3. Time to review my results once again. The last time I performed this excercise, I had a meager 190-200 rows of data to work with, whereas I'm now at a more considerable 731 rows, ranging from MTTs, STTs, a few cash game sessions, rakeback etc etc. If you don't know what I mean, I'm basically talking about a massive excel spreadsheet, in which I record every tournament & session I play. It keeps me focused and I find it valuable in terms of keeping myself honest. Let's be frank, most of the time you're not able to say EXACTLY how much you've spent in buy-ins after a session of sitngos, am I right? Yeah, me neither and unfortunately, it's almost always more than one might think.

    So, I've got 731 rows in my spreadsheet. My action has been split as follows:

    Rakeback/Bonus Rows: 25 (Total Profit: USD 293.74)
    - that's obviously a lot of money. Money that you'd be pretty stupid not to claim for yourself as a player. These days, it's so easy.

    Cashgame Rows: 15 (Total Profit: USD 81.01, split across 1227 hands)
    - this is actually a bit of everything. Boredom led me to play 4 tables of NL20 at one point, which went absolutely disastrous! Lost more buy-ins than I care to remember. There is however also a quick $1/$2 Pot Limit Omaha in there, in which I clawed back most of my NLHE losses. According to the spreadsheet, 178 hands and 300 bucks profit.

    Double Stack STT Rows: 8 (Total Profit: USD 66.50)
    - this seems silly now, but right when I started tracking myself I was getting into these sitngo's where they start you off with double stacks. It was on the ipoker network and basically the only kind of STT I wanted to play there. Felt I needed to differentiate between normal sitngo's and these.

    Matrix STT Rows: 8 (Total Profit: USD 13.28)
    - same as the above. You're probably familiar with the 'Matrix' STTs on FullTilt. If not, it's one sitngo, in which you play the same opponents but on 4 tables simultaneously. There are then prizes per table, but also for how you do overall. Mostly when I'm bored, I'll change things up a bit with one of these.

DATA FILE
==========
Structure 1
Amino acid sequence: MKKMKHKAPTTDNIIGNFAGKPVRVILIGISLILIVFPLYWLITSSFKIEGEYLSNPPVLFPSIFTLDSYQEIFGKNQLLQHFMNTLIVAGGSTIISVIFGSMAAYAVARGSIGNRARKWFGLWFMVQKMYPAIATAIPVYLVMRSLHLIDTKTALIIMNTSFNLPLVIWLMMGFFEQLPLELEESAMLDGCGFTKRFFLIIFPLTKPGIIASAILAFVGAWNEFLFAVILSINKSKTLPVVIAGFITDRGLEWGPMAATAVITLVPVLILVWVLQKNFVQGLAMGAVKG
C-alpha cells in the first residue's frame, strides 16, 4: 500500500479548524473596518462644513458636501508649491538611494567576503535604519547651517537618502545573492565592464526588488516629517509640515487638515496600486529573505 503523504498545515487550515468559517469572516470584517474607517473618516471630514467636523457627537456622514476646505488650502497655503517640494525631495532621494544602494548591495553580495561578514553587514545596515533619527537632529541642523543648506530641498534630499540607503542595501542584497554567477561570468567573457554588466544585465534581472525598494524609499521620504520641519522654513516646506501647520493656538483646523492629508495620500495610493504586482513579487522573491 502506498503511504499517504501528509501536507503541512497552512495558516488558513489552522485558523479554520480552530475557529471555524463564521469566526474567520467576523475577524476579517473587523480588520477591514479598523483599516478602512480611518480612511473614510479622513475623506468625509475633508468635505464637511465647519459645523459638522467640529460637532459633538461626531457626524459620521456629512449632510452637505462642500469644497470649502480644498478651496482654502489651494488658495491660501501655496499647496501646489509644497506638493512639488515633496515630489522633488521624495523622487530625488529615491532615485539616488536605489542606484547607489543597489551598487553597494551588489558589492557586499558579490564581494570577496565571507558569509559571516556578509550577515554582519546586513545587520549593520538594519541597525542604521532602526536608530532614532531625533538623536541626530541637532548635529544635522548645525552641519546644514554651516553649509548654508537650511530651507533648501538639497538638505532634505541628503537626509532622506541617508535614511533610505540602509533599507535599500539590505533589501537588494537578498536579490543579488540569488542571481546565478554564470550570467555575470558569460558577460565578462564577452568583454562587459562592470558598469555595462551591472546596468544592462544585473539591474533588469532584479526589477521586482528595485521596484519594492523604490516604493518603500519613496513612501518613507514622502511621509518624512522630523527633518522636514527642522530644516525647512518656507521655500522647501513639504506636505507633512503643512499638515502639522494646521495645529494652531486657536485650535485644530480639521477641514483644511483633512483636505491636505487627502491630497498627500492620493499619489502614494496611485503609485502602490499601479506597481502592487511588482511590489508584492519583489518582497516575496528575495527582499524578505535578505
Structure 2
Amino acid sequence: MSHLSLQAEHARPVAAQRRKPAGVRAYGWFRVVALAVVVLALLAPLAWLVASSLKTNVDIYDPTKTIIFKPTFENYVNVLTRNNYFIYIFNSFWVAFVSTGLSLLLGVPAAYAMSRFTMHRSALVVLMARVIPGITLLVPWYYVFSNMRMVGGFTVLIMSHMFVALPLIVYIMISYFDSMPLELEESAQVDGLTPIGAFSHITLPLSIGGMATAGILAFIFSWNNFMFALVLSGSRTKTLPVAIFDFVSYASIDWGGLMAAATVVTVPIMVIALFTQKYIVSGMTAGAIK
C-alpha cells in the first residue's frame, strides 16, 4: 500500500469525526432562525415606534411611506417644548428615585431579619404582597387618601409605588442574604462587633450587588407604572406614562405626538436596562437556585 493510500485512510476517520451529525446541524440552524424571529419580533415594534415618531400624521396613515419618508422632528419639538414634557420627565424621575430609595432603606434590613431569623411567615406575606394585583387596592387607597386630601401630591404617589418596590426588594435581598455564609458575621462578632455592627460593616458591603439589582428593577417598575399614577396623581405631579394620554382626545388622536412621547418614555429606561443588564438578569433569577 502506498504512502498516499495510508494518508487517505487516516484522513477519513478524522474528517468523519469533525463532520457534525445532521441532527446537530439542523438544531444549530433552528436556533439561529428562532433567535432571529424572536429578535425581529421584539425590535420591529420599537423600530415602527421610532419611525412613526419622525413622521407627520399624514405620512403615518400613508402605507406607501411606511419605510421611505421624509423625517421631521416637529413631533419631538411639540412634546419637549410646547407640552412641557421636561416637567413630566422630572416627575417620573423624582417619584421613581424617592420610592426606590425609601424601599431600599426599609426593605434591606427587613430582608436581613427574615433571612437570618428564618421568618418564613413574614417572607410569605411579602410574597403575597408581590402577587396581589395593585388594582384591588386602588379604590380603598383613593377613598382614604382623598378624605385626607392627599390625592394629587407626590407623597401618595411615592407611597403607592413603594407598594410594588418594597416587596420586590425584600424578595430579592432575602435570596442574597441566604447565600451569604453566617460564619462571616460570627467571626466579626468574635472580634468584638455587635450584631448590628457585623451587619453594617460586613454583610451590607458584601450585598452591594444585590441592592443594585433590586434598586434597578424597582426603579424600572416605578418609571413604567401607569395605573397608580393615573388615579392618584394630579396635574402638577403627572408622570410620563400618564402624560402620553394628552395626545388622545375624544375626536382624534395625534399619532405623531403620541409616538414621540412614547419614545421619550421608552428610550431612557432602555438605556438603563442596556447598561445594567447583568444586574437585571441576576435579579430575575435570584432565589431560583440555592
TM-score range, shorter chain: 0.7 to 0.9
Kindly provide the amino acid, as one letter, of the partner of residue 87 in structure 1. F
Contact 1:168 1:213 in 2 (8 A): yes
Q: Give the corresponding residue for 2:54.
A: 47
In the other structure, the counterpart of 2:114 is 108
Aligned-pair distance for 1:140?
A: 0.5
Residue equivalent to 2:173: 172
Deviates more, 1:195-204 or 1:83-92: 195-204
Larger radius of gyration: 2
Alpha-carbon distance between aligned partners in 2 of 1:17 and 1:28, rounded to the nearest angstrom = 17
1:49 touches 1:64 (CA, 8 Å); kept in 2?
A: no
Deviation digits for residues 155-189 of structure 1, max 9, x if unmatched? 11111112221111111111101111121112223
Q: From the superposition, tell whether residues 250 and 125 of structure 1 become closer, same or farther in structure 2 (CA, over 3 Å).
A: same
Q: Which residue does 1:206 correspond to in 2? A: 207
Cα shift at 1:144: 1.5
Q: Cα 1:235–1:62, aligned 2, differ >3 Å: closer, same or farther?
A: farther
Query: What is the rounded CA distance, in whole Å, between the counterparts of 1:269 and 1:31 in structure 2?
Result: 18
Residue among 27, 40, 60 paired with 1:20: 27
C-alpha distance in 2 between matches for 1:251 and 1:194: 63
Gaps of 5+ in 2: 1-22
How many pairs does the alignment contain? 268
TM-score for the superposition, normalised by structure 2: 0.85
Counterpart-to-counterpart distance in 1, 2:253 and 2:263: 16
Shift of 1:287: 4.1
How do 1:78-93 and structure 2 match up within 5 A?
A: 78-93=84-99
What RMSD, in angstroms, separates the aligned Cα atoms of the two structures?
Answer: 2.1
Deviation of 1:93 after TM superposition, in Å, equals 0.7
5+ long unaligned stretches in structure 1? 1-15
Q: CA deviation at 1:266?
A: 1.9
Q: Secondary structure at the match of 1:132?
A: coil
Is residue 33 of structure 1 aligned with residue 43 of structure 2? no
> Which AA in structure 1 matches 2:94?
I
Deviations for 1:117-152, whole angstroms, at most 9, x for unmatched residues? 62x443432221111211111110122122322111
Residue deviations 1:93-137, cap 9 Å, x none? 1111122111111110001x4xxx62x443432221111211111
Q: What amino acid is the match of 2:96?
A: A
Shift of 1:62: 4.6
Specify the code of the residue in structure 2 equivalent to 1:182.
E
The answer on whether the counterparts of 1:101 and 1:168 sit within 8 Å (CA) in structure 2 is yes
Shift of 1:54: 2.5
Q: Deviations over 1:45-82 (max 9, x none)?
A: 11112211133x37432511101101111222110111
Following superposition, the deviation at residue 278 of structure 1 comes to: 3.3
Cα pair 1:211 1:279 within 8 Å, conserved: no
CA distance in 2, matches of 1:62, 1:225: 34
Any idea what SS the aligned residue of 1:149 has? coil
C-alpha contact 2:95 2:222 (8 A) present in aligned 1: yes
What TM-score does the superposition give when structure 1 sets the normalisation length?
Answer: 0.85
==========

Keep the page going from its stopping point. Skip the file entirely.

MTT Rows: 319 (Total Profit: USD 2,306.62)
    - well, I've done quite well if I have to say so myself. I feel more than 300 tourneys is enough of a sample size to give an indication of ability/skill. I'm sure downswings can last for longer than 300, but still - I guess I must know a thing or two about poker. I'll break this one down even further later on.

    $4, 180-person STT Rows: 22 (Total Profit: USD <SPAN>-11.84</SPAN>)
    - same as before. Felt this was a very particular type of tournament. Always the same number of entrants, low buy-in on PokerStars with a pretty high level of skill. 22 is nothing to go by, but I kind of got tired of them and moved on. Eehh...

    STT (sitngo) Rows: 334 (Total Profit: USD 688.85)
    - This is pretty much anything else. Varying buy-in sizes, a lot of 2-table, 3-table & 45-person STT alongside the 'original' 9 or 10 player sitngos. Before adding these up, I was seriously unsure whether I'd get a positive or a negative figure in the end. Glas it wasn't the latter.

    I'll break apart the MTT and STT rows a bit in my next blog. Feel like I have enough information in order to derive some conclusions. If not conclusive, at least some insight into which pokersite I should be favouring, what buy-in size has yielded the most success etc etc. I have an idea, but perhaps the figures will surprise.